Note: Sample below may appear distorted but all corresponding word document files contain proper formattingExcerpt from essay:
" (AAFP, nd)
The Health Maintenance Organization further should "…negotiate with both public and private payers for adequate reimbursement or direct payment to cover the expenses of interpreter services so that they can establish services without burdening physicians…" and the private industry should be "…engaged by medical organizations, including the AAFP, and patient advocacy groups to consider innovative ways to provide interpreter services to both employees and the medically underserved." (AAFP, nd)
One example of the community healthcare organization is the CCOP model is reported as a community cancer screening center model and is stated to be an effective mechanism for facilitating the linkage of investigators and their institutions with the clinical trials network. It is reported that the minority-based CCOP was approved initially by the NCI, Division of Cancer Prevention Board of Scientific Counselors in January 1989. The implementation began in the fall of 1990 and the program was experiencing success by 1992. Success meant that the minority populations were made provisions of access to clinical trails and it is reported that in 2003, there were a total of eleven programs in eight U.S. states, the District of Columbia and Puerto Rico involving approximately forty hospitals and more than four hundred physicians, including over 100 minority investigators.
The minority-based CCOP initiative is stated to have a design which: (1) brings the advantages of state-of-the-art cancer treatment and prevention and control research to minority individuals in their own communities by having practicing physicians and their patients/participants enroll in NCI-approved cancer treatment and prevention and control clinical trials; (2) provides a basis for involving a wider segment of the community in cancer prevention and control research and investigates the impact of cancer therapy and control advances community medical practices; (3) increases the involvement of primary health care providers and other specialists with the minority-based CCOP investigators in cancer treatment and prevention and control research providing an opportunity for education and exchange of information; (4) facilitates wider community participation among racial/ethnic minorities, women and other populations through acceleration of the transfer of newly designed cancer prevention, detection, treatment, patient management, rehabilitation, and continuing care technology to widespread community application; and (5) examination of selected issues in Minority-based CCOP performance. (Department of Health and Human Services and the National Institutes of Health, 2004)
C. Hispanic-Americans Demographics and Other Vital Information
The work of Talamantes and Linderman (nd) entitled: "Health and Health Care of Hispanics: states that "The diverse use of the terms "Hispanic and Latino" in the literature can be attributed to the diversity of the subgroups of Mexican-American, Cuban American and Puerto Rican populations within a broader context. State and/or Regional differences in the use of terms are frequently noted in the Southwest. For example, in Texas where there is a large Mexican-American population, the identifiers Hispanic or Mexican-American are primarily used. New Mexicans usually self-identify as Hispanic or Hispanos. In California, Latino or Latina is typically the favored term. The term "Latino" emphasizes Latin American origin." According to the U.S. Bureau of the Census the term 'Hispanic' is used as an ethnicity category that refers to individuals who trace their origin or descent to Mexico Puerto Rico, Cuba, Central or South America, or Spain. Since 1980, according to the Census Bureau, Hispanics can be of any race." (Talamantes and Linderman, 2003)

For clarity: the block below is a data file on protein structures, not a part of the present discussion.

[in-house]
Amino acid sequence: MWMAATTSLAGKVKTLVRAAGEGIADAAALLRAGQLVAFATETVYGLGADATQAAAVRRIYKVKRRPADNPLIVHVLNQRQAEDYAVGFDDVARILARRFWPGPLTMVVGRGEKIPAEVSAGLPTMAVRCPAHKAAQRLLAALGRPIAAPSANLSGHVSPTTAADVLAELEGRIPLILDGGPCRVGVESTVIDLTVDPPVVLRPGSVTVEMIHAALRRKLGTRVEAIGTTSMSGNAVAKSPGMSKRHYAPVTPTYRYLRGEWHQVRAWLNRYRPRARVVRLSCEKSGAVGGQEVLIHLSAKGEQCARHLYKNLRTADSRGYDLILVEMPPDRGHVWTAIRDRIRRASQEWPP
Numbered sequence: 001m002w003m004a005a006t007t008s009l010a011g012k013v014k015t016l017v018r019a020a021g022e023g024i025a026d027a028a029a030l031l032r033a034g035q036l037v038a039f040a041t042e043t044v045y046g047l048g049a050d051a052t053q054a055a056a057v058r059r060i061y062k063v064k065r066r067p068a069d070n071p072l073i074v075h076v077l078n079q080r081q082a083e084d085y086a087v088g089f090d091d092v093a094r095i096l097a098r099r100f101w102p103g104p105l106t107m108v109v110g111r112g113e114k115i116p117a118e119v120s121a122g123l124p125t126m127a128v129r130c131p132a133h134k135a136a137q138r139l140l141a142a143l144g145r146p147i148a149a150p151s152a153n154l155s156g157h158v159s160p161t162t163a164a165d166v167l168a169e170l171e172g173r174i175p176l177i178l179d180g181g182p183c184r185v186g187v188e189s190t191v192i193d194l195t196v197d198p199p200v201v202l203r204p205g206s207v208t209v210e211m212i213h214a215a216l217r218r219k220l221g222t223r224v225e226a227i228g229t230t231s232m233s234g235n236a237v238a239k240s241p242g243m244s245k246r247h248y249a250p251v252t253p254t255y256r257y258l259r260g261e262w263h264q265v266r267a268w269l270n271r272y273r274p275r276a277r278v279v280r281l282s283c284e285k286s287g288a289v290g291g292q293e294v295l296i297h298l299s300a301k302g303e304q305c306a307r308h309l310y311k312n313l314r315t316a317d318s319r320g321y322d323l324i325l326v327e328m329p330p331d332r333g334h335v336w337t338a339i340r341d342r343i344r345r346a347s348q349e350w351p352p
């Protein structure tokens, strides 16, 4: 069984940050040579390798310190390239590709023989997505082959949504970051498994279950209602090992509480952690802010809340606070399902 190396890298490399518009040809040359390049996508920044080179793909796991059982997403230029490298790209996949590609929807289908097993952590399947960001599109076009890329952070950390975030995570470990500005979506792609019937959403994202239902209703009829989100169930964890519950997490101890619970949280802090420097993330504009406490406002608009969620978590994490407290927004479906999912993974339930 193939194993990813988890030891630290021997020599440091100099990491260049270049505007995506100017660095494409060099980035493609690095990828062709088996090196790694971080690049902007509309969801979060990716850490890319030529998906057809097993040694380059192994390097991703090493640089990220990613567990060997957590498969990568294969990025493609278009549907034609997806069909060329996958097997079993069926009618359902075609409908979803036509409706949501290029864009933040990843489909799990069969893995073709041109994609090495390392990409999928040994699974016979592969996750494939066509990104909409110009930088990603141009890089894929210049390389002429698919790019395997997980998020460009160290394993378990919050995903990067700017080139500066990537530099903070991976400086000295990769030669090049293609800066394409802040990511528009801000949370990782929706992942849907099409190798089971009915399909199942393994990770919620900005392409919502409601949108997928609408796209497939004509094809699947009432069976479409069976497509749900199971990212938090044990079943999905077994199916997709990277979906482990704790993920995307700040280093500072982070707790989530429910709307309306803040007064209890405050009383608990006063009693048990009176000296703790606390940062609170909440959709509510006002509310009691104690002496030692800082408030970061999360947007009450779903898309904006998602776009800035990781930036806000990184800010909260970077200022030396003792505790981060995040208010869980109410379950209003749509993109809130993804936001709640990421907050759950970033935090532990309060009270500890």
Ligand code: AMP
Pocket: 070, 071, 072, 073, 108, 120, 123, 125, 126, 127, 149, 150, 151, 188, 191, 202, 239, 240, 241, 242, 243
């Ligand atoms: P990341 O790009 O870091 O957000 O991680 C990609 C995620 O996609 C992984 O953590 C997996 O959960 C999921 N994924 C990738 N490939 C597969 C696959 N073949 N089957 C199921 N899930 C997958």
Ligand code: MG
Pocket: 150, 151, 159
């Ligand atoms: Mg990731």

Talamantes and Linderman additionally report that there is "substantial heterogeneity among the various Hispanic/Latino elder groups. They carry a unique historical and sociopolitical reality, which impacts who they are today. The subgroups vary by their patterns of geographic distribution in the United States. The Mexican-American population tends to reside in the Southwestern states of California, Arizona, Colorado, and Texas; the Hispanic population resides in New Mexico. The Cuban population predominantly resides in Florida, and the Puerto Rican population lives mostly in the Northeast with growing concentrations in New York, New Jersey and in major Midwestern cities such as Chicago." (Talamantes and Linderman, 2003)
Individuals in the United States who identify themselves as Hispanic or Latino is stated to equal 5.6% of all older Americans with an estimated 1,938,000 elders in this category in 2000. The population of Hispanic/Latino elderly is projected to grow 3.9% per year from 1990 to 2050. By 2020 they are expected to be 9% of all people 65 and older in the U.S., and by 2050 they will increase to 16.4%." (Talamantes and Linderman, ) The fact is that it is expected that the older Hispanic/Latino population will grow faster than any other ethnic minority group by 2028 even surpassing the non-Hispanic Black population in the elder aged category. The following figure is a chart that shows the ethnic distribution of Hispanic/Latino elderly in the United States.
Ethnic Distribution of Hispanic/Latino Elderly
Source: Talamantes and Linderman
The following figure is a chart showing the percent of population aged 65 and older by Ethnic group for Hispanic/Latinos in the United States.
Source: Talamantes and Linderman